x
schencka
Class 4-4-06
Well, what can a guy do? I got home from my grad class last night, drank a beer and made pork fajitas, watched Florida's blowout of UCLA in the Final Four final, then watched some Big Love and Curb Your Enthusiasm. One day my procrastination will reach epic proportions. That's how people end up failing to finish dissertations. But for now, my procrastination is manageable.

I had meant to grade annotated bibliographies of my students. I didn't do that. I'll have to grade them along with the papers the students turned in today. My goal is to grade, and turn back, a few papers by Thursday, and write out the assignment sheet and rubric for the third unit, which has a personal essay and a revision of an essay, which make a portfolio.

So, last night I realized I had nothing for class. Jess suggested that she'd come to class and talk about Arizona Together, but she pulled out of that idea, and suggested we talk about immigration. I got up at six a.m., read the paper, and noticed an interesting op-ed piece that appeared in the AZ Daily Star today, a response to a previous op-ed piece that was actually a narrative of what it was like to have an abortion in 1969. So, in class we read the first piece, discussed its details, then looked at the second one. It's looking at random stuff, trying to analyze its rhetoric. That's the point, I think.

So we did that; students wanted to turn in their papers and be done, so we did that. But talking about the issue of abortion made me tired. Both op-ed pieces, the narrative and the "don't have sex, don't have an abortion" commentary on it addressed aspects of what I want to the students to develop for their personal essays: combining personal narrative with thoughts on their ethical relation to society and the world. It'll be an "I" essay -- one where that particular pronoun appears often.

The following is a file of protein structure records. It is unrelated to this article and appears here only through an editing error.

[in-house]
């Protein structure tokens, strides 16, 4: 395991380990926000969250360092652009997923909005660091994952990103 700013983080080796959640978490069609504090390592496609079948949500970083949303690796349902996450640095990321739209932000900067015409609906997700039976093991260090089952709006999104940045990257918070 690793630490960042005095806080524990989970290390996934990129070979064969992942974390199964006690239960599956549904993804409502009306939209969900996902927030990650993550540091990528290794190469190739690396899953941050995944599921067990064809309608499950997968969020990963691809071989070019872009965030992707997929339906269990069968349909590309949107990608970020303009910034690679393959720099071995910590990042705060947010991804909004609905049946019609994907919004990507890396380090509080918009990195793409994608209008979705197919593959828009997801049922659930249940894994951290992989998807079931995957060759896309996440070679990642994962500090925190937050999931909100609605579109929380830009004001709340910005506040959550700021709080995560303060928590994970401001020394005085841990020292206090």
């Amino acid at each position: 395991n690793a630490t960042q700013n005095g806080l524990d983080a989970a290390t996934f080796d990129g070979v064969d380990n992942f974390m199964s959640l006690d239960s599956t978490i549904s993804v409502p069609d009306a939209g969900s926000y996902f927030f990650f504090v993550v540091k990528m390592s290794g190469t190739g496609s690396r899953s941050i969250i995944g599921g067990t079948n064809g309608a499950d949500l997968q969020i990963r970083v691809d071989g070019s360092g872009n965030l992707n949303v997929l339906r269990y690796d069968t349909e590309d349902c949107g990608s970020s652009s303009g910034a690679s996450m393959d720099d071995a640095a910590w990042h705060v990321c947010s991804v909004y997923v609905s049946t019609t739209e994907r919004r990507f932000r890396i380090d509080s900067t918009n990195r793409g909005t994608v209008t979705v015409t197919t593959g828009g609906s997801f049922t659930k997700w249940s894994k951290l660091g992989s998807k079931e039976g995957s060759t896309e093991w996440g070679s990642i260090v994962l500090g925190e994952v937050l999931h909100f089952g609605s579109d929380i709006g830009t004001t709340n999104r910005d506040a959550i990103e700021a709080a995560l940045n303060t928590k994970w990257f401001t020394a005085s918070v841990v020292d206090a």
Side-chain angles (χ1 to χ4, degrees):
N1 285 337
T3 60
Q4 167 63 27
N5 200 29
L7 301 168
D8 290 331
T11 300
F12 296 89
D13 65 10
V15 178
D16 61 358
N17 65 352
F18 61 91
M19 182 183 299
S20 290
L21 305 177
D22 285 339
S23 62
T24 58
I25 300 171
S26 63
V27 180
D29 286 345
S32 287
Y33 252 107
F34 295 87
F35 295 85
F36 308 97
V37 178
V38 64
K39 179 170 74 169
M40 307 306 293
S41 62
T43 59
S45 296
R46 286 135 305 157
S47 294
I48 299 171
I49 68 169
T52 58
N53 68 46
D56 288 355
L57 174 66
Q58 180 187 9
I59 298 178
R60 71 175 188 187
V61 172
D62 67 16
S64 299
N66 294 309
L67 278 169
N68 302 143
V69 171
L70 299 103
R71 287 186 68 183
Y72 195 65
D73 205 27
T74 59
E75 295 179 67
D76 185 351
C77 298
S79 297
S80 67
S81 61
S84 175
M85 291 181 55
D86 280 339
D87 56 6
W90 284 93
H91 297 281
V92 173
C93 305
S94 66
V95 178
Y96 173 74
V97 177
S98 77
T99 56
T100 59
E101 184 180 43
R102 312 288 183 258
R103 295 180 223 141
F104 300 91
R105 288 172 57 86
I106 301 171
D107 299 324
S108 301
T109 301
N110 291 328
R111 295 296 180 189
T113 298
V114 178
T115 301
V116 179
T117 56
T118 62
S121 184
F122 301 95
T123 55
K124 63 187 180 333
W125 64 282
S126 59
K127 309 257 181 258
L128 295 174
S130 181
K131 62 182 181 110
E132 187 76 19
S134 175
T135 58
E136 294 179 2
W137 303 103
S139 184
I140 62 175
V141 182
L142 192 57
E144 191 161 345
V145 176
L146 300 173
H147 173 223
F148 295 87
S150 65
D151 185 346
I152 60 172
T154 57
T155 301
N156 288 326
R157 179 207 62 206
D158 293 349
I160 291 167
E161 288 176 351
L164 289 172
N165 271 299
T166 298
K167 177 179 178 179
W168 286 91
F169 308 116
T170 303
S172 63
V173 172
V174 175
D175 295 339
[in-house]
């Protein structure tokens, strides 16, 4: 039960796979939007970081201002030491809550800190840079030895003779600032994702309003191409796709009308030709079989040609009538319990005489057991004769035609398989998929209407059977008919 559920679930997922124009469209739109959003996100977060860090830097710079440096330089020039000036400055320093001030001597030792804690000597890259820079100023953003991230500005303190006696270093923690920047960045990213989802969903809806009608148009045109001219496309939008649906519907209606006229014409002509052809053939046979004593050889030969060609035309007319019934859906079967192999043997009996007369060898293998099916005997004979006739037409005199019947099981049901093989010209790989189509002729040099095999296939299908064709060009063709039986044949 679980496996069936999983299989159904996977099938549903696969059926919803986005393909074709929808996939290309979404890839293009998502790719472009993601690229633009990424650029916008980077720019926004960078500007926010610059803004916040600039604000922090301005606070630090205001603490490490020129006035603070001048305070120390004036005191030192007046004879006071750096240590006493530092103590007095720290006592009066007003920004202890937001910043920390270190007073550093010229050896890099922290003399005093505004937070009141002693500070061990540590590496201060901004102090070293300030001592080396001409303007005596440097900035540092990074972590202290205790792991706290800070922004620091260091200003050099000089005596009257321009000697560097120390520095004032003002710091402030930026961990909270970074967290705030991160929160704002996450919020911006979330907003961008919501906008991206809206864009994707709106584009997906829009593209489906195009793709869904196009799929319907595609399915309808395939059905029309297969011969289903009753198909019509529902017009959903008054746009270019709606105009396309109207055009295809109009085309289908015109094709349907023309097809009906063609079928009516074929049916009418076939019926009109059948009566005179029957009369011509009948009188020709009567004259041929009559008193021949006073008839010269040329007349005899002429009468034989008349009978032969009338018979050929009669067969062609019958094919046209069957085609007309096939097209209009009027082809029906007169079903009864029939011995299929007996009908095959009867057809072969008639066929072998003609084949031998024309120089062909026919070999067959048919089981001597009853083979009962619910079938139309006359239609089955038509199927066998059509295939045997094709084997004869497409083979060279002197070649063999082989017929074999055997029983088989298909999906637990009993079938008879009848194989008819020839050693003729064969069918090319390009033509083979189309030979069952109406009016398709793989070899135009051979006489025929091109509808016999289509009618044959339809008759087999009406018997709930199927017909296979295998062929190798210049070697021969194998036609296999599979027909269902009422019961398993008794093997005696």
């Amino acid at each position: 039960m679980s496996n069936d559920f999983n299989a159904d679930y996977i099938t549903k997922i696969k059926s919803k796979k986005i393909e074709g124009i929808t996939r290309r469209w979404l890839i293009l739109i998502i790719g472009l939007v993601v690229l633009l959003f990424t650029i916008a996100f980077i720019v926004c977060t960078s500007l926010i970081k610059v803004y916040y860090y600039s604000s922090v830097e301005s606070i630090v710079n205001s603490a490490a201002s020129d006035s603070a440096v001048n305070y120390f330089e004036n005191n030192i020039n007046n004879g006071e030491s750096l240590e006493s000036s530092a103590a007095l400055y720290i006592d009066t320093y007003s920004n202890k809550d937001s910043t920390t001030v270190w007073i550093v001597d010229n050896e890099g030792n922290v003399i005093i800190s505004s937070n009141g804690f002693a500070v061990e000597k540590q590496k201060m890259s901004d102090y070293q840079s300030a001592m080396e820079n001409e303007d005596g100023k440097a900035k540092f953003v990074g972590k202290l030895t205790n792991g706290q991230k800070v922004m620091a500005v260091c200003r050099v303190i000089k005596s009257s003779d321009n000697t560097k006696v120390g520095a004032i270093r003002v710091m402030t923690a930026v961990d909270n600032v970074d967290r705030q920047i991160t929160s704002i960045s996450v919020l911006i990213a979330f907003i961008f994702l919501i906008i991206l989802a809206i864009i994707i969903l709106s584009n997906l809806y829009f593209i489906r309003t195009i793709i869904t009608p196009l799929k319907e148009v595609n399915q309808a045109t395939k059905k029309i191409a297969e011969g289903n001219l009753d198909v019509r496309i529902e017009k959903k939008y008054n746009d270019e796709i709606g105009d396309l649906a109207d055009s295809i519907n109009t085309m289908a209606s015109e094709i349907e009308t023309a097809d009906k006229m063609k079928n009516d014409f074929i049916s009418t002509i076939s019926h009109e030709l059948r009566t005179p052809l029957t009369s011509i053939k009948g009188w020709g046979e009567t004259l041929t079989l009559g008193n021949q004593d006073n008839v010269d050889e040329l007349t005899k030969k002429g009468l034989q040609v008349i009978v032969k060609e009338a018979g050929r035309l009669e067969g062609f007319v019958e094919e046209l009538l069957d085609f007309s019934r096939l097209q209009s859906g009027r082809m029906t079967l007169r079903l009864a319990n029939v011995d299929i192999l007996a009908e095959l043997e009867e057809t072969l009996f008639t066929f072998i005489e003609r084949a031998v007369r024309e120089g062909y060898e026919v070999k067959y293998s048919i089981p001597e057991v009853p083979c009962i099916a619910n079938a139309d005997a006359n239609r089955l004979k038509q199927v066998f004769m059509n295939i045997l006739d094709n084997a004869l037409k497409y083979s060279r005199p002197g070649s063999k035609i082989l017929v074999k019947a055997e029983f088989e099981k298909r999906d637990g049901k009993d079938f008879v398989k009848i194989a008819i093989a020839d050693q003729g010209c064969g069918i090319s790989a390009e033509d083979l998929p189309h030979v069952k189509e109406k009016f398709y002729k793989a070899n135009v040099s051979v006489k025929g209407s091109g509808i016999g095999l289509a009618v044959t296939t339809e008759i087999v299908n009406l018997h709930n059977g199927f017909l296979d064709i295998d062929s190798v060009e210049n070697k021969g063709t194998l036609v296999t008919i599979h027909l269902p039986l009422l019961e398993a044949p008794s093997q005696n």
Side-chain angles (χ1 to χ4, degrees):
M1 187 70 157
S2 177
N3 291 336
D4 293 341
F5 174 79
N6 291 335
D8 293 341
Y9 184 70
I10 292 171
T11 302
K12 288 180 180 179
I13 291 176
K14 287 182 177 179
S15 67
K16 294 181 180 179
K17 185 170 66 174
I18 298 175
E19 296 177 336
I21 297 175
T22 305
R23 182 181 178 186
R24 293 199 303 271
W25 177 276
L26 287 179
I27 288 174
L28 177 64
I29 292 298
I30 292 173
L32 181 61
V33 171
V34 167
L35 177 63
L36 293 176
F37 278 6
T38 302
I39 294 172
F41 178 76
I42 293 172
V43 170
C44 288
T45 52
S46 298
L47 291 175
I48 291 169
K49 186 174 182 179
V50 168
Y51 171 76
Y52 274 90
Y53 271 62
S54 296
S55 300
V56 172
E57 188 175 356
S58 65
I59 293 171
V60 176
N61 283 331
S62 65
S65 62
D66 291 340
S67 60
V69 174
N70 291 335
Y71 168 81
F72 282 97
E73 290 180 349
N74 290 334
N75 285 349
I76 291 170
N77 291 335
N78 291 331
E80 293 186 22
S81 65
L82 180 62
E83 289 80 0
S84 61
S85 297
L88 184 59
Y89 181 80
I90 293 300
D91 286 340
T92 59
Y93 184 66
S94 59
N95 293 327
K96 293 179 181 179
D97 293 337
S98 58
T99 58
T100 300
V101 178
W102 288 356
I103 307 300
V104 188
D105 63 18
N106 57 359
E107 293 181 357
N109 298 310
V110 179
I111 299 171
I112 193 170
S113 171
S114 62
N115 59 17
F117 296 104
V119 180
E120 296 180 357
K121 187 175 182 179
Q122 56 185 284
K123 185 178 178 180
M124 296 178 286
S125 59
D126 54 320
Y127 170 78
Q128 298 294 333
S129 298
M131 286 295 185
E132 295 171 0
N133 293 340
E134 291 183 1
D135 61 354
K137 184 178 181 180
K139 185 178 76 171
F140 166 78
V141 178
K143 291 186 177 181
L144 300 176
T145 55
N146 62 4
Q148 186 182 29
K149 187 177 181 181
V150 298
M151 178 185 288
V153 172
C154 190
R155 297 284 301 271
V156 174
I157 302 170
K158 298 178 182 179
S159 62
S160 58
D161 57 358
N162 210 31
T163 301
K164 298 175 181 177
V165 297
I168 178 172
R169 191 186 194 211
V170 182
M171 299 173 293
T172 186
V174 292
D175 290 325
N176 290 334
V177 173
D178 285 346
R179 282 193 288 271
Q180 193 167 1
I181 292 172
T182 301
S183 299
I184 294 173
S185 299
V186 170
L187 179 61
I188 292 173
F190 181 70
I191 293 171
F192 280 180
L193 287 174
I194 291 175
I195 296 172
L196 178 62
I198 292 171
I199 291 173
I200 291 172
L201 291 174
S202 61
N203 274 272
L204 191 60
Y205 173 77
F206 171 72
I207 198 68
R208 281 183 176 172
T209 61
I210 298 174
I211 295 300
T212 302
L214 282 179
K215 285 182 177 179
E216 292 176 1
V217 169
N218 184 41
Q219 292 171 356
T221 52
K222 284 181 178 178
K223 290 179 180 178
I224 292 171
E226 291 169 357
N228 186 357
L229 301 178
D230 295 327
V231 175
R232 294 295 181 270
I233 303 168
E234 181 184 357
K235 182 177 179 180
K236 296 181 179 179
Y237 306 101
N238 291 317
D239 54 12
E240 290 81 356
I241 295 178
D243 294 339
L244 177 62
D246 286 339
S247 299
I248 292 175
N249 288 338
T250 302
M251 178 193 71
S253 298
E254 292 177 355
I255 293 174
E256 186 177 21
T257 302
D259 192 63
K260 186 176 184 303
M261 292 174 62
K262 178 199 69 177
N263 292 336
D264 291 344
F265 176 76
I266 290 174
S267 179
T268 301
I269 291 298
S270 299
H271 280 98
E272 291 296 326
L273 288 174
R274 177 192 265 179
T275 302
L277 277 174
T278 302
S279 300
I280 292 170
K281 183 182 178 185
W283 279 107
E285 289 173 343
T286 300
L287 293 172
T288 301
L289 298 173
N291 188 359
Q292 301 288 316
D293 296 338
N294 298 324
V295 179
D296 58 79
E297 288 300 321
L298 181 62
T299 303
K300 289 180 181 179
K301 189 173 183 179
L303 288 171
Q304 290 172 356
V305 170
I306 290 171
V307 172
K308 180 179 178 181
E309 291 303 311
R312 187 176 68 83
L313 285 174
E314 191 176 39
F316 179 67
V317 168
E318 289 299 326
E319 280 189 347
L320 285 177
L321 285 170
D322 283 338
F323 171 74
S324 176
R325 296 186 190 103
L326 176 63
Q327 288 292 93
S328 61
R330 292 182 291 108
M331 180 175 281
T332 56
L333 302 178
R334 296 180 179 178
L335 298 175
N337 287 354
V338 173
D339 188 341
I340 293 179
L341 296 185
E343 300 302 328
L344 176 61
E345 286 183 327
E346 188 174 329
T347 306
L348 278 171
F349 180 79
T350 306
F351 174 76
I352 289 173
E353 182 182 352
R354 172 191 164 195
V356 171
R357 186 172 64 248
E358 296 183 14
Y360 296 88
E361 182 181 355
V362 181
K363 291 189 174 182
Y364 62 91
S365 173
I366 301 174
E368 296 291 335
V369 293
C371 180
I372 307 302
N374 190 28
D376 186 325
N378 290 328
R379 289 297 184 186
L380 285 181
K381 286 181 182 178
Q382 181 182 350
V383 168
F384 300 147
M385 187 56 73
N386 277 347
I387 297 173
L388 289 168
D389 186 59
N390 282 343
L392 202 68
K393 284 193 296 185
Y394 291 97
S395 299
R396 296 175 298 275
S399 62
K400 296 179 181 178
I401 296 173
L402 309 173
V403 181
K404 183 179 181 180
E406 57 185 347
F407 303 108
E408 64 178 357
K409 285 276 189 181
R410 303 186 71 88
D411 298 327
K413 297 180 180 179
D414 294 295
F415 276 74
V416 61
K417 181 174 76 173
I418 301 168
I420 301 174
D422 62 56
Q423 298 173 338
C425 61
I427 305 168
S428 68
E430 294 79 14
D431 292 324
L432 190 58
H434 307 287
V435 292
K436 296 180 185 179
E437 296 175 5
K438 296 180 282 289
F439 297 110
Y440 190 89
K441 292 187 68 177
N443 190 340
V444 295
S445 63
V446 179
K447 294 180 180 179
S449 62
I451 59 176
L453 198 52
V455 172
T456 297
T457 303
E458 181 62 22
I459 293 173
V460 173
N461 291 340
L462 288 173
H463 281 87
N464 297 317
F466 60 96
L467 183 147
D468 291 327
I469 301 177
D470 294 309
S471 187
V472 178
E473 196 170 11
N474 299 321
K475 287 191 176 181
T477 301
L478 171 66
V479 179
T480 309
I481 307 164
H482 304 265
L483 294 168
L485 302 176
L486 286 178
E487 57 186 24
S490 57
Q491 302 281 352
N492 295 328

Which should be more interesting than reading these research papers. Fat stack of papers! Don't let me tell myself I don't have a real job.

I did forget one thing during class. I wanted the students to imagine a University of Arizona where there was no birth control or abortions. Imagine young women walking around, pregnant and unmarried, trying to study for a future career, or just quitting. The point is, walking on campus one sees thousands of young women, many of whom have had or are having sex, and take away the "BC," women could be made to be even more unequal than right now--birth control and abortion are also harken issues of justice. It puts a sentence like this one in perspective (emphasis added):
The female body is designed for carrying, bearing and nurturing a child, and while we may have the "right" under the law to have an abortion, actually doing this thing which is so violently opposite the natural process of life displays ignorance and arrogance.
 
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